The Conference of the Parties for the Convention on International Trade in Endangered Species of Wild Flora and Fauna (CITES) has today voted to include two of Malawi’s threatened tree species under its protections.
The Mulanje Cedar (widdringtonia whytei) and African Mukluk (pterocarpus tinctorius) will be included in Appendix II of CITES’ trade controls. Species listed in Appendix II are granted protection that prohibits trade that is ‘incompatible with their survival’.
This move will add additional legal safeguards to both species which, it is hoped, will slow the decline in population of these trees.
The decision was made at the 18th meeting of the Conference of Parties which is currently taking in Geneva. Rulings to add new species to CITES’ appendices are made through a vote of all attending delegates.
CITES is an international agreement between governments which aims to ensure that international trade in wild animals and plants does not threaten their survival.
Both species have seen a rapid decrease in wild populations due to illegal logging, human-induced forest fires, and invasive competing tree species.
The Mulanje Cedar, which is Malawi’s national tree, is rated as ‘critically endangered’ by International Union for Conservation of Nature (IUCN).
Commenting on the CITES’ vote, Jonny Vaughan, CEO of Lilongwe Wildlife Trust said: “”Lilongwe Wildlife Trust is delighted with the decision by CITES to grant these two species the added protection they need. Both species face the real threat of extinction in the wild due to over-harvesting and illegal logging motivated by national and international trade. We now hope that this move will allow these trees the chance to recover and flourish once more in Malawi. We pass our congratulations to the Department of National Parks and Wildlife and the Department of Forestry for having both of their protection proposals accepted by the Conference of the Parties.”
More about the tree proposals
CITES works by subjecting international trade in specimens of selected threatened species to certain controls. The species covered by CITES are listed in three Appendices, according to the degree of protection they need. Appendix I includes species threatened with extinction. Trade in specimens of these species is permitted only in exceptional circumstances. Appendix II includes species not necessarily threatened with extinction, but in which trade must be controlled in order to avoid utilisation incompatible with their survival. Appendix III contains species that are protected in at least one country, which has asked other CITES Parties for assistance in controlling the trade. At each CITES meeting Parties submit proposals to amend the Appendices. Those amendment proposals are discussed and then submitted to a vote.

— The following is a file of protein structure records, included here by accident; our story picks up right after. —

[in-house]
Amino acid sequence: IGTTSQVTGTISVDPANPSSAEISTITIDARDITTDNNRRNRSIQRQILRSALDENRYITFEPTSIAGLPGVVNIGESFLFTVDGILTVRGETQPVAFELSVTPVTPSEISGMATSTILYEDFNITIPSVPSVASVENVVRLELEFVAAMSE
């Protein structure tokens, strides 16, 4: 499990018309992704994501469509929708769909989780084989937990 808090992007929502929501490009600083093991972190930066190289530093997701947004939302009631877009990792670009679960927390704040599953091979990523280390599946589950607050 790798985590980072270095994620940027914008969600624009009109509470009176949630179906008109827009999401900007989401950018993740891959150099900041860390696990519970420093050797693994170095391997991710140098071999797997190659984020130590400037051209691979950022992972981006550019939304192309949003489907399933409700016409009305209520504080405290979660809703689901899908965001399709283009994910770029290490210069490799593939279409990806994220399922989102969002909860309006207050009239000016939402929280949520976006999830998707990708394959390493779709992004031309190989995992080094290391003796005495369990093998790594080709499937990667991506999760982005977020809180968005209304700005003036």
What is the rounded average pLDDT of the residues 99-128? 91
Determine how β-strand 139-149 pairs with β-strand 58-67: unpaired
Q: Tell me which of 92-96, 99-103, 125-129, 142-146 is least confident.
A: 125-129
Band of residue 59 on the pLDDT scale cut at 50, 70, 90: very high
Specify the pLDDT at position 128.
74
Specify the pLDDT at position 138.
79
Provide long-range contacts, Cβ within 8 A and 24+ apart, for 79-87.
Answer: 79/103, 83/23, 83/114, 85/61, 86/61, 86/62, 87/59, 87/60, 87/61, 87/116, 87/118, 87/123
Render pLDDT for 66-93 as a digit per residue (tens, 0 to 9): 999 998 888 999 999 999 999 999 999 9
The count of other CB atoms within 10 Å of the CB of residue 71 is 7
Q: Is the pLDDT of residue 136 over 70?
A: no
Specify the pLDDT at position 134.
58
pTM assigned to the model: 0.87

Widdringtonia whytei (Mulanje cedar)
This species is considered to be “critically endangered” by the International Union for Conservation of Nature (IUCN) Red List of Threatened Species after years of overexploitation from unsustainable and illegal logging combined with human-induced changes to the fire regime, invasive competing tree species, aphid infestation, and low rates of regeneration or recruitment. As of 2018, population surveys did not find a single standing, reproductively mature tree on the Mulanje Mountain. Small plantation areas have been established in other areas of Malawi and a major effort is underway to replant the cedar on Mount Mulanje, but until such efforts have resulted in the renewal and stabilisation of the population, any trade, international or national, in its timber should be considered a threat to the survival of the species.
Pterocarpus tinctorius (African padauk, mukluk)
Pterocarpus tinctorius is a rosewood species native to a range of habitats across east and southern Africa. The past few years have seen a dramatic increase in harvest and export from several countries, both legal and illegal, following a by-now familiar pattern directly linked to Asian demand. Available information indicate that the illegal and unsustainable exploitation of Pterocarpus tinctorius has already had severe reported impacts on its wild populations in various range States. Unless rapidly checked, the growing unsustainable and illegal exploitation of Pterocarpus tinctorius for international trade is likely to lead the commercial extinction of the species in various range States.